What makes one tire better than another?

Discussion in 'Cycling Equipment' started by ToddTaylor, Jun 25, 2003.

  1. ToddTaylor

    ToddTaylor New Member

    Jun 18, 2003
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    I'm in the need for some new rubber, and there is a HUGE difference in the price ranges. I'm looking for 700x23c semi-slick to slick clincher road tires for training rides. Obviously, some tires weigh more than others which I'm sure is a concern, but what else is there to look for?

    I noticed that most sites list the "tpi", which I'm guessing is "threads per inch." I'm also guessing that more threads-per-inch are better for some reason?

    I've found quite a few tires that are on sale for less than $10 each which would make my wallet happy... much happier than spending as much on a bike tire as I would on a car tire! About the only thing I've noticed about them is their tpi is pretty low... around 60 tpi. Their weight is only a few grams more than tires costing 4x as much.

    Since these are training tires, I guess puncture resistance is my biggest concern. I just replaced a flat yesterday, and that's why I'm in the market for new tires today :)

    Do you ride with the same size front tire as your rear tire? I noticed that Continental started making a set of tires that include one tire for the front of the bike and one for the rear. The rear tire is a tad wider and apparently has more rubber on it because the rear wears faster than the front.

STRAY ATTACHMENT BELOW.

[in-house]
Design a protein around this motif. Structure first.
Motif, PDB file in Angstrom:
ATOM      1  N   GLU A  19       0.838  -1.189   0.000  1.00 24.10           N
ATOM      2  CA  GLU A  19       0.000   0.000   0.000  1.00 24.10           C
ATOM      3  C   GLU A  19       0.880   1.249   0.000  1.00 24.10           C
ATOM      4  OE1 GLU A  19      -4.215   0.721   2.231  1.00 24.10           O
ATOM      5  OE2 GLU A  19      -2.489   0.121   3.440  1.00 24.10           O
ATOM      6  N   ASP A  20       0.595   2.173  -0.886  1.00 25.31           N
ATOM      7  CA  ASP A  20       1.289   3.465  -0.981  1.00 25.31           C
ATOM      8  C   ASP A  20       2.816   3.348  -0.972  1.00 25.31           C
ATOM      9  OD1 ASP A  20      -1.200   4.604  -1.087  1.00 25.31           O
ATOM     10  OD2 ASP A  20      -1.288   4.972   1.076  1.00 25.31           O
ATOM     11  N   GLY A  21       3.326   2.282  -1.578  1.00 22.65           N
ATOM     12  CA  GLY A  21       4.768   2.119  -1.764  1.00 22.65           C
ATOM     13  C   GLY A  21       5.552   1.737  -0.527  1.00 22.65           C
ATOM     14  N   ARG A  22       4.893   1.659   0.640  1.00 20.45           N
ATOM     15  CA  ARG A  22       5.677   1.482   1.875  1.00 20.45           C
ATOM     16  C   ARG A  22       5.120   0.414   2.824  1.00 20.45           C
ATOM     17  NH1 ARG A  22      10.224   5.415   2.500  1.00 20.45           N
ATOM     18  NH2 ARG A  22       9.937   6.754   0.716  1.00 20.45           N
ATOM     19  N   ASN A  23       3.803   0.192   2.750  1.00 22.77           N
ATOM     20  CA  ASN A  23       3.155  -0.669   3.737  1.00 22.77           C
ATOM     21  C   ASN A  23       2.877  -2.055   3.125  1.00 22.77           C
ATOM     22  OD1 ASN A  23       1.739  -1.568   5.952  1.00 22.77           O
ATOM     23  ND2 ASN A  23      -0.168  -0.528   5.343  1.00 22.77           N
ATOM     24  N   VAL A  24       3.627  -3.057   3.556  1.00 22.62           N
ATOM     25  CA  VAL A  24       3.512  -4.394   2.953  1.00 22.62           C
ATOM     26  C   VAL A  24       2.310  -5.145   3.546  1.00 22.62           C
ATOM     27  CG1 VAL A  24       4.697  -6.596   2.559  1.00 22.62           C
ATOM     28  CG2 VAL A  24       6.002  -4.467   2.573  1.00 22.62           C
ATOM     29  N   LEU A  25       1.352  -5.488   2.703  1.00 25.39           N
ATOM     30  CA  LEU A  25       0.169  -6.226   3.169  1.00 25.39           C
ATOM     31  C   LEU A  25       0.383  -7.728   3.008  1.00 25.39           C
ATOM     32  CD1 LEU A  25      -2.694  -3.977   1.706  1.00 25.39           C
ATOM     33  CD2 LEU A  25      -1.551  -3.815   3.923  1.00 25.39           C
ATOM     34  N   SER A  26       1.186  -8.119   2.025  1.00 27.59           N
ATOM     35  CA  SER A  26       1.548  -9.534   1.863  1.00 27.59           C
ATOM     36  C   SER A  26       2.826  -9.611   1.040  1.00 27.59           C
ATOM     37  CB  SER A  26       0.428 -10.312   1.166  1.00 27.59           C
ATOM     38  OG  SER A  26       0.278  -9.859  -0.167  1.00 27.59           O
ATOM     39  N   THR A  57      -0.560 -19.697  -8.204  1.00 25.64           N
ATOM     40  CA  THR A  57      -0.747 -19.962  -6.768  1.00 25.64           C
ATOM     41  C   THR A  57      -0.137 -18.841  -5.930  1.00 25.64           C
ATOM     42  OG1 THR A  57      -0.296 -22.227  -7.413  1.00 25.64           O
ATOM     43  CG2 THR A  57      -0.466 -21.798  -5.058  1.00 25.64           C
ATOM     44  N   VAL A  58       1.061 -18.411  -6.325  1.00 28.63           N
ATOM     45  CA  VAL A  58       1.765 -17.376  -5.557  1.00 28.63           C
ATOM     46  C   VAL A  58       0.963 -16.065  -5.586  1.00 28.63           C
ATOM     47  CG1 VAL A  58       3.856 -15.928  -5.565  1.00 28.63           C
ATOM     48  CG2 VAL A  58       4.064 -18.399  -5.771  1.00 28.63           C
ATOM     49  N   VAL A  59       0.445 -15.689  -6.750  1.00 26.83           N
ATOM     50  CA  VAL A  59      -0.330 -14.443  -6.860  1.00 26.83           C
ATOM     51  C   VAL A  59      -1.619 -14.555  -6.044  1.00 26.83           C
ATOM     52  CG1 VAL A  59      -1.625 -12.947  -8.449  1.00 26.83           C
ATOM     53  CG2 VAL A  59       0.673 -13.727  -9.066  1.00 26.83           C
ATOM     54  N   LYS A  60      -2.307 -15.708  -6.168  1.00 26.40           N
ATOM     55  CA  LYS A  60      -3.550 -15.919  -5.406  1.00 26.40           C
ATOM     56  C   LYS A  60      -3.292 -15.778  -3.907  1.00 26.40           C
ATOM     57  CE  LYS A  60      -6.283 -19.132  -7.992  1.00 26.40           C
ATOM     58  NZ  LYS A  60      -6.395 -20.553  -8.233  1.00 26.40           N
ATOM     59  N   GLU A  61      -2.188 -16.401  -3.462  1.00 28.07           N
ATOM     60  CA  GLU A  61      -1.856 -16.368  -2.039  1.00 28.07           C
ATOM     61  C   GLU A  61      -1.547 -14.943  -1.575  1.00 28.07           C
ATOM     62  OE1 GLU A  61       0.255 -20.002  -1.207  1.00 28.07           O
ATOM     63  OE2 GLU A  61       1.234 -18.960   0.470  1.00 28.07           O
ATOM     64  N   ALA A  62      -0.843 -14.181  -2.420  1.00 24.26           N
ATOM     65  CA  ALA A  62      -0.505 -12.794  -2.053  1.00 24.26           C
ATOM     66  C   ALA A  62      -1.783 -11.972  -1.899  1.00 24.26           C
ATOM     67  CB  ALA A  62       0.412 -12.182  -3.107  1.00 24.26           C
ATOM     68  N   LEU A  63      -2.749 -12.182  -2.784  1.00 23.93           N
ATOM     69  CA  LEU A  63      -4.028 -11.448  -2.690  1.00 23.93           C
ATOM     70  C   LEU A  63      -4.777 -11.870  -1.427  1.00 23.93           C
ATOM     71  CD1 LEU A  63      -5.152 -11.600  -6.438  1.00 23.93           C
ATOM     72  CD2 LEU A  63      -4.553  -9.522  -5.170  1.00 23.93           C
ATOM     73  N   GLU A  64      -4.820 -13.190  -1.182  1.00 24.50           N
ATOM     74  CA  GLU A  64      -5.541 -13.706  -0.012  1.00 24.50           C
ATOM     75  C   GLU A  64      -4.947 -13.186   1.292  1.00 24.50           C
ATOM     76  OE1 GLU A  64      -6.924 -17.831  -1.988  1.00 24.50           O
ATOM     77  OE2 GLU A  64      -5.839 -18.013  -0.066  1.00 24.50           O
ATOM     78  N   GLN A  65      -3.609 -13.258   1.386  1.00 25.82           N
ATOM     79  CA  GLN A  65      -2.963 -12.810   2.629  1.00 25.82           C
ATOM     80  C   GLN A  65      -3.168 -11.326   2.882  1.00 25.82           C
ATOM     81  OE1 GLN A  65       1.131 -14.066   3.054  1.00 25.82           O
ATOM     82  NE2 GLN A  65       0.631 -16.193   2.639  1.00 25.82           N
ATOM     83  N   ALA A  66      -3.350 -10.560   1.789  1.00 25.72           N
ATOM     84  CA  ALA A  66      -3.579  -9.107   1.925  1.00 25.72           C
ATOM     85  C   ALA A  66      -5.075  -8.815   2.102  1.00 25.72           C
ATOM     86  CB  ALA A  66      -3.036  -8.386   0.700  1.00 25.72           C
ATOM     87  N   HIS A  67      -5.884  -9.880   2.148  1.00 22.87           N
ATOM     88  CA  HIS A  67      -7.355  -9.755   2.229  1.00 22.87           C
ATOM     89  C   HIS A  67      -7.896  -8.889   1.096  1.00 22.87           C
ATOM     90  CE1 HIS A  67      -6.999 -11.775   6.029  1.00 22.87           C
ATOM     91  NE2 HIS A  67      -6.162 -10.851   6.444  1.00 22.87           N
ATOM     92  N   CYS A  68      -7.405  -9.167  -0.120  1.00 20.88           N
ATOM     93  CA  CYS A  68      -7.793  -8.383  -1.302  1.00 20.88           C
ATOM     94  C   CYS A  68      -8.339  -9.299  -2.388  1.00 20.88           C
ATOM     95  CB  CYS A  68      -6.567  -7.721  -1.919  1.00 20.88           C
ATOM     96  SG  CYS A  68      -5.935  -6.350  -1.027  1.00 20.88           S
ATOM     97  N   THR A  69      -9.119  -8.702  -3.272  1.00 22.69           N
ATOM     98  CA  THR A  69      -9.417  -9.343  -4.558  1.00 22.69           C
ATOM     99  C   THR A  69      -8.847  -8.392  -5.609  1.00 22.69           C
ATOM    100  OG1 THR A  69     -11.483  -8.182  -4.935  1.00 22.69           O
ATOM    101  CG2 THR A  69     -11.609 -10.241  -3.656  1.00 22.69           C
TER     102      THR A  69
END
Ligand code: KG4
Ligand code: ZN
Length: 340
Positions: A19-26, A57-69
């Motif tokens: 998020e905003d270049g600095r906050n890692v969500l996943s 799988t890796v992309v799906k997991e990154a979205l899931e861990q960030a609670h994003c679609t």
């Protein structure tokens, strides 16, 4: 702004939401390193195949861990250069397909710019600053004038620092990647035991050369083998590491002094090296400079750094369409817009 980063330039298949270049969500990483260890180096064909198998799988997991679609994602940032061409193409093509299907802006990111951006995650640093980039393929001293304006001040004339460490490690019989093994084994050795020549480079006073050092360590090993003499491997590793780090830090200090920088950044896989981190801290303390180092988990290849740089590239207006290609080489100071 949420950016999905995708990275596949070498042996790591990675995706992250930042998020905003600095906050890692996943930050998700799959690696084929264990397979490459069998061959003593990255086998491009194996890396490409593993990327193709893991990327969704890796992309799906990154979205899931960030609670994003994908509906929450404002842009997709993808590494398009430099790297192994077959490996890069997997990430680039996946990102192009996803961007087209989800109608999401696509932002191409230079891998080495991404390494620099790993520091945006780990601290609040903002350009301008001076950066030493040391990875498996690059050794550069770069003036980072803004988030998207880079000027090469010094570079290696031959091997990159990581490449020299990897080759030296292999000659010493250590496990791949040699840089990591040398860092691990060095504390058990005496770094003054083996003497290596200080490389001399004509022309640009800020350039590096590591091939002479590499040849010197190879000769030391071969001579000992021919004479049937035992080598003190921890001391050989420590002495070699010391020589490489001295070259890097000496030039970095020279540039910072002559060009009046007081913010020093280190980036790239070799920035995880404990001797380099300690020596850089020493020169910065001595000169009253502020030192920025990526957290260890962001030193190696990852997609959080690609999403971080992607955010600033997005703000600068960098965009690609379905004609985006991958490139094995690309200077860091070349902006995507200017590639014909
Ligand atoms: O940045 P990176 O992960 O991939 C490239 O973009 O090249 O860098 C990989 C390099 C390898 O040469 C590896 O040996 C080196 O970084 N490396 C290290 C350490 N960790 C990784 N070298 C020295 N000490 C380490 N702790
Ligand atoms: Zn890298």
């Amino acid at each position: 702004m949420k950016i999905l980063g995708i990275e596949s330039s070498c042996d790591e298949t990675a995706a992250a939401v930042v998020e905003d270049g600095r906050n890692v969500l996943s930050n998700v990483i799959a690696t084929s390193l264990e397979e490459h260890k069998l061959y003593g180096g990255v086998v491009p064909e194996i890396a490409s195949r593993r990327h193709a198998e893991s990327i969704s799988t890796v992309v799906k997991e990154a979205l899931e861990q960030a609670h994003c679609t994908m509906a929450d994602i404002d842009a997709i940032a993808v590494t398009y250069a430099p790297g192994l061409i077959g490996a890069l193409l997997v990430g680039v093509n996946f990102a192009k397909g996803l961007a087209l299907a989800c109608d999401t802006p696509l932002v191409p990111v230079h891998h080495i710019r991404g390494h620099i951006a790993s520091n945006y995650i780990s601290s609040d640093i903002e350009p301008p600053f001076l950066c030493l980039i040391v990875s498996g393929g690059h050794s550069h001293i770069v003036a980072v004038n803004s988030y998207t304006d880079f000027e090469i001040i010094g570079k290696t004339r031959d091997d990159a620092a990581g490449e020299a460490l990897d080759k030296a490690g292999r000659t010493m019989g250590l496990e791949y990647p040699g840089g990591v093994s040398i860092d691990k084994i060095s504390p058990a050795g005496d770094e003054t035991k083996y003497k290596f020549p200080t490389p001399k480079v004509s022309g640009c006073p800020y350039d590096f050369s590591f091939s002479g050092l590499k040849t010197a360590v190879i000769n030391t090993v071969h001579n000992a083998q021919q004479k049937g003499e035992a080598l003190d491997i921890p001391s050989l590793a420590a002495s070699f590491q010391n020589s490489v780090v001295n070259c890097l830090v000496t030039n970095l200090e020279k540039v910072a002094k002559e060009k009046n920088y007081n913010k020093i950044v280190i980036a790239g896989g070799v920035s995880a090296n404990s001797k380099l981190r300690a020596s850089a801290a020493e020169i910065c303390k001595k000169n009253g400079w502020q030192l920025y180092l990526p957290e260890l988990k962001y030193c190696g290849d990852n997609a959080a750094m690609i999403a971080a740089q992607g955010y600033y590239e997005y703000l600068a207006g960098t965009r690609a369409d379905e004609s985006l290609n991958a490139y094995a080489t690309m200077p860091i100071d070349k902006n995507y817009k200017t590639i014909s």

2. MidBunchLurker

    MidBunchLurker New Member

    May 2, 2003
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    The things you need to consider in a tyre are (you can decide which is most important to you):

    - puncture resistance: higher threadcounts are better, also kevlar strips in the tyre help too
    - lifespan: different rubbers wear at different rates, usually high-carbon rubbers have the longest lifespan.
    - grip: softer rubber performs best here, i.e. shorter lifespan.
    - rolling resistance: higher threadcounts are better, harder rubbers are better, and a 23C width is generally best.
    - comfort: generally the wider the better, but also depends on the construction of the tyre.
    - weight: only really a consideration for a race tyre

    You'll find that to maximise more than two or three of the above causes the price of the tyre goes up 'cos they're using more advanced rubber compounds and contruction methods (and expensive R&D).

    The tyre most people choose for a training tyre is one with long lifespan (obviously!), decent comfort (you'll spend most of your saddle-time on these babies) and ok puncture resistance (not as critical as for a racing tyre).

    Of course if you can get lots of cheap tyres then lifespan is less important :)

  3. xavier

    xavier New Member

    Feb 4, 2003
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    NOTHING. To say one brand is better then another is stupid. It is like saying Fords are better than Chevys.

    Every manufacturer has their racing tires (lighter ad higer TPI count) and thei lower priced tires (heavier and lower TPI count).

    Sounds like you want a nice high mileage tire. In that case stay away from the expensive tires than tend to wear out much faster due to the lighter weight (less rubber).

    I made up a list of great tires

    Hutchinson Excel $18.95
    IRC RedStorm Classic $15.95
    Maxxis Detonator $23.95
    Panaracer Stradius Sport $18.95
    Tioga ProLine 1000 $19.95

    I am sure there are a few more. But these are great priced tires that will last mile after mile.